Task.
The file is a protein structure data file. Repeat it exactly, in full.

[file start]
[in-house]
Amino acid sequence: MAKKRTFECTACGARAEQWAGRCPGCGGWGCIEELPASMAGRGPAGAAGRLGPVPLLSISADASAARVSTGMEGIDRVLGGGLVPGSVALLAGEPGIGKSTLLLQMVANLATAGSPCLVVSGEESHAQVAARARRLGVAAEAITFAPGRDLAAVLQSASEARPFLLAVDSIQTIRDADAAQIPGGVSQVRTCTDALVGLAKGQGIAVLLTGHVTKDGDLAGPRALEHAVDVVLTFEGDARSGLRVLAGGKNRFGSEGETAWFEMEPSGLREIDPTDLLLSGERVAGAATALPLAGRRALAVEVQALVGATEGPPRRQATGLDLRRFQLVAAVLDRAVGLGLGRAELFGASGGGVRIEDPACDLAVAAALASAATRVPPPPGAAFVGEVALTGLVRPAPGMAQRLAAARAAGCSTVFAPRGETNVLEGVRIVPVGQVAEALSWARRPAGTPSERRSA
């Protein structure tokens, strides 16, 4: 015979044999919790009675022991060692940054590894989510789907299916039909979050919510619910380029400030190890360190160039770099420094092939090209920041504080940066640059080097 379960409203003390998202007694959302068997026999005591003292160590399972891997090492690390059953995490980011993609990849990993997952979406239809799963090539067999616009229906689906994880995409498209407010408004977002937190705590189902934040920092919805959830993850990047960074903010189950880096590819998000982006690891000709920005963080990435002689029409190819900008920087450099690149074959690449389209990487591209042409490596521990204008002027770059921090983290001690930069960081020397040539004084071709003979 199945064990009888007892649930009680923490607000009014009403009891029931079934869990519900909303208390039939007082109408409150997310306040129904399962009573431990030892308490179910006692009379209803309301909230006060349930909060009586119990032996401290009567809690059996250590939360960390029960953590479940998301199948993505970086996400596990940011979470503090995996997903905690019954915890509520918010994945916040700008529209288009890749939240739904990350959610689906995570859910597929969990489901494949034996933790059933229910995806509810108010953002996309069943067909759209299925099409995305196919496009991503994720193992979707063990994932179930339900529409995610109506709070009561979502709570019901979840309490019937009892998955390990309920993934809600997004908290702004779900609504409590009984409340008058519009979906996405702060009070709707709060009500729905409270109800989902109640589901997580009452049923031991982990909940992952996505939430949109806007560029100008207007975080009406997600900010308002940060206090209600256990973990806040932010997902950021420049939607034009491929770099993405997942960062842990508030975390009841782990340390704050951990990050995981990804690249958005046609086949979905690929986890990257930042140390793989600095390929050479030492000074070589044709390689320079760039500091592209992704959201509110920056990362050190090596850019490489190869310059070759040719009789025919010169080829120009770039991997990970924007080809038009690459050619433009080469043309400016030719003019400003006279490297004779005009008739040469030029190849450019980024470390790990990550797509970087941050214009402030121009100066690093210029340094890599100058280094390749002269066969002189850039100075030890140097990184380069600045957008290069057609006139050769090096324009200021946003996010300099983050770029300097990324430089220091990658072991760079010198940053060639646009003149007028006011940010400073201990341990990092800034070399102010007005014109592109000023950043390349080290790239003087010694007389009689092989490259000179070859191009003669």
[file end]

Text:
[in-house]
Amino acid sequence: MAKKRTFECTACGARAEQWAGRCPGCGGWGCIEELPASMAGRGPAGAAGRLGPVPLLSISADASAARVSTGMEGIDRVLGGGLVPGSVALLAGEPGIGKSTLLLQMVANLATAGSPCLVVSGEESHAQVAARARRLGVAAEAITFAPGRDLAAVLQSASEARPFLLAVDSIQTIRDADAAQIPGGVSQVRTCTDALVGLAKGQGIAVLLTGHVTKDGDLAGPRALEHAVDVVLTFEGDARSGLRVLAGGKNRFGSEGETAWFEMEPSGLREIDPTDLLLSGERVAGAATALPLAGRRALAVEVQALVGATEGPPRRQATGLDLRRFQLVAAVLDRAVGLGLGRAELFGASGGGVRIEDPACDLAVAAALASAATRVPPPPGAAFVGEVALTGLVRPAPGMAQRLAAARAAGCSTVFAPRGETNVLEGVRIVPVGQVAEALSWARRPAGTPSERRSA
């Protein structure tokens, strides 16, 4: 015979044999919790009675022991060692940054590894989510789907299916039909979050919510619910380029400030190890360190160039770099420094092939090209920041504080940066640059080097 379960409203003390998202007694959302068997026999005591003292160590399972891997090492690390059953995490980011993609990849990993997952979406239809799963090539067999616009229906689906994880995409498209407010408004977002937190705590189902934040920092919805959830993850990047960074903010189950880096590819998000982006690891000709920005963080990435002689029409190819900008920087450099690149074959690449389209990487591209042409490596521990204008002027770059921090983290001690930069960081020397040539004084071709003979 199945064990009888007892649930009680923490607000009014009403009891029931079934869990519900909303208390039939007082109408409150997310306040129904399962009573431990030892308490179910006692009379209803309301909230006060349930909060009586119990032996401290009567809690059996250590939360960390029960953590479940998301199948993505970086996400596990940011979470503090995996997903905690019954915890509520918010994945916040700008529209288009890749939240739904990350959610689906995570859910597929969990489901494949034996933790059933229910995806509810108010953002996309069943067909759209299925099409995305196919496009991503994720193992979707063990994932179930339900529409995610109506709070009561979502709570019901979840309490019937009892998955390990309920993934809600997004908290702004779900609504409590009984409340008058519009979906996405702060009070709707709060009500729905409270109800989902109640589901997580009452049923031991982990909940992952996505939430949109806007560029100008207007975080009406997600900010308002940060206090209600256990973990806040932010997902950021420049939607034009491929770099993405997942960062842990508030975390009841782990340390704050951990990050995981990804690249958005046609086949979905690929986890990257930042140390793989600095390929050479030492000074070589044709390689320079760039500091592209992704959201509110920056990362050190090596850019490489190869310059070759040719009789025919010169080829120009770039991997990970924007080809038009690459050619433009080469043309400016030719003019400003006279490297004779005009008739040469030029190849450019980024470390790990990550797509970087941050214009402030121009100066690093210029340094890599100058280094390749002269066969002189850039100075030890140097990184380069600045957008290069057609006139050769090096324009200021946003996010300099983050770029300097990324430089220091990658072991760079010198940053060639646009003149007028006011940010400073201990341990990092800034070399102010007005014109592109000023950043390349080290790239003087010694007389009689092989490259000179070859191009003669």